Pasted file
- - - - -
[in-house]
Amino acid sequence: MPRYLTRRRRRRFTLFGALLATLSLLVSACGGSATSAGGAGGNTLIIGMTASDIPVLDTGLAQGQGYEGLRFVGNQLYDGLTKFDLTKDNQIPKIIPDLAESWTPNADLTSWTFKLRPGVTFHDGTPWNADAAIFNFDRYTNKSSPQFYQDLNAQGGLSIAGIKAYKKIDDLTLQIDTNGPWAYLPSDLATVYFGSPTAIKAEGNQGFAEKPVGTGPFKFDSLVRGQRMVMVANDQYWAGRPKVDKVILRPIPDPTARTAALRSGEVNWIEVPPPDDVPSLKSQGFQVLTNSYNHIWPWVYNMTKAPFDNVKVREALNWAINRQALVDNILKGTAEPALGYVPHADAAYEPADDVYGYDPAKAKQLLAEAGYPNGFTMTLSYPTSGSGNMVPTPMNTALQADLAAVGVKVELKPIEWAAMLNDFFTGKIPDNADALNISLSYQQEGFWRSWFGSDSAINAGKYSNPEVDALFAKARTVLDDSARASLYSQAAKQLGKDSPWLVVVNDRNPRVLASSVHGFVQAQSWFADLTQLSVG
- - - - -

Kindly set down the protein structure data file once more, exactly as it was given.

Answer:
[in-house]
Amino acid sequence: MPRYLTRRRRRRFTLFGALLATLSLLVSACGGSATSAGGAGGNTLIIGMTASDIPVLDTGLAQGQGYEGLRFVGNQLYDGLTKFDLTKDNQIPKIIPDLAESWTPNADLTSWTFKLRPGVTFHDGTPWNADAAIFNFDRYTNKSSPQFYQDLNAQGGLSIAGIKAYKKIDDLTLQIDTNGPWAYLPSDLATVYFGSPTAIKAEGNQGFAEKPVGTGPFKFDSLVRGQRMVMVANDQYWAGRPKVDKVILRPIPDPTARTAALRSGEVNWIEVPPPDDVPSLKSQGFQVLTNSYNHIWPWVYNMTKAPFDNVKVREALNWAINRQALVDNILKGTAEPALGYVPHADAAYEPADDVYGYDPAKAKQLLAEAGYPNGFTMTLSYPTSGSGNMVPTPMNTALQADLAAVGVKVELKPIEWAAMLNDFFTGKIPDNADALNISLSYQQEGFWRSWFGSDSAINAGKYSNPEVDALFAKARTVLDDSARASLYSQAAKQLGKDSPWLVVVNDRNPRVLASSVHGFVQAQSWFADLTQLSVG